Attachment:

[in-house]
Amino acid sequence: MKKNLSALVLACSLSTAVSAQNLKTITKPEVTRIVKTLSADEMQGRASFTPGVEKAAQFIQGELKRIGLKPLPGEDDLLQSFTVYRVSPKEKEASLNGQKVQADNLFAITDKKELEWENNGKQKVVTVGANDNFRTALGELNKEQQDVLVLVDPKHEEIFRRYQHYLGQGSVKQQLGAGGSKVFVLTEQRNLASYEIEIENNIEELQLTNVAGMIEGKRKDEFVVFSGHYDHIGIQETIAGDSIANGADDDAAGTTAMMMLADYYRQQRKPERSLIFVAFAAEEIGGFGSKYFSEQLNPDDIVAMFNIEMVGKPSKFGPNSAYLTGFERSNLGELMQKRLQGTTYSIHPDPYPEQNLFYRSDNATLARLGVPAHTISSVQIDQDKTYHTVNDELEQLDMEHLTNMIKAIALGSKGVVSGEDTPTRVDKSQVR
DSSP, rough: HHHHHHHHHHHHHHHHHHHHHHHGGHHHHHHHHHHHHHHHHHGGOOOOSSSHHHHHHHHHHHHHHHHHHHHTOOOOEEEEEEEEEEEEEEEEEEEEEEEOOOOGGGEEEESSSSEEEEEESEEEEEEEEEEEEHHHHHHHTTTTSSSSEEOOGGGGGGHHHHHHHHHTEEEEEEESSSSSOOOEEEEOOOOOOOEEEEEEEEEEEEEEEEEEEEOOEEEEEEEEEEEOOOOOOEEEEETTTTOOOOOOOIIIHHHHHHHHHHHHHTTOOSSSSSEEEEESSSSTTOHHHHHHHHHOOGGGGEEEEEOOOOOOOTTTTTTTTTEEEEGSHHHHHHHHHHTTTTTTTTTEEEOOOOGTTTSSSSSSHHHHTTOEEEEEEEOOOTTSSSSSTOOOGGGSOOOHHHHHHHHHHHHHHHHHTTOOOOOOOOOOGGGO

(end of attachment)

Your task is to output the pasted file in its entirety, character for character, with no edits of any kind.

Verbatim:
[in-house]
Amino acid sequence: MKKNLSALVLACSLSTAVSAQNLKTITKPEVTRIVKTLSADEMQGRASFTPGVEKAAQFIQGELKRIGLKPLPGEDDLLQSFTVYRVSPKEKEASLNGQKVQADNLFAITDKKELEWENNGKQKVVTVGANDNFRTALGELNKEQQDVLVLVDPKHEEIFRRYQHYLGQGSVKQQLGAGGSKVFVLTEQRNLASYEIEIENNIEELQLTNVAGMIEGKRKDEFVVFSGHYDHIGIQETIAGDSIANGADDDAAGTTAMMMLADYYRQQRKPERSLIFVAFAAEEIGGFGSKYFSEQLNPDDIVAMFNIEMVGKPSKFGPNSAYLTGFERSNLGELMQKRLQGTTYSIHPDPYPEQNLFYRSDNATLARLGVPAHTISSVQIDQDKTYHTVNDELEQLDMEHLTNMIKAIALGSKGVVSGEDTPTRVDKSQVR
DSSP, rough: HHHHHHHHHHHHHHHHHHHHHHHGGHHHHHHHHHHHHHHHHHGGOOOOSSSHHHHHHHHHHHHHHHHHHHHTOOOOEEEEEEEEEEEEEEEEEEEEEEEOOOOGGGEEEESSSSEEEEEESEEEEEEEEEEEEHHHHHHHTTTTSSSSEEOOGGGGGGHHHHHHHHHTEEEEEEESSSSSOOOEEEEOOOOOOOEEEEEEEEEEEEEEEEEEEEOOEEEEEEEEEEEOOOOOOEEEEETTTTOOOOOOOIIIHHHHHHHHHHHHHTTOOSSSSSEEEEESSSSTTOHHHHHHHHHOOGGGGEEEEEOOOOOOOTTTTTTTTTEEEEGSHHHHHHHHHHTTTTTTTTTEEEOOOOGTTTSSSSSSHHHHTTOEEEEEEEOOOTTSSSSSTOOOGGGSOOOHHHHHHHHHHHHHHHHHTTOOOOOOOOOOGGGO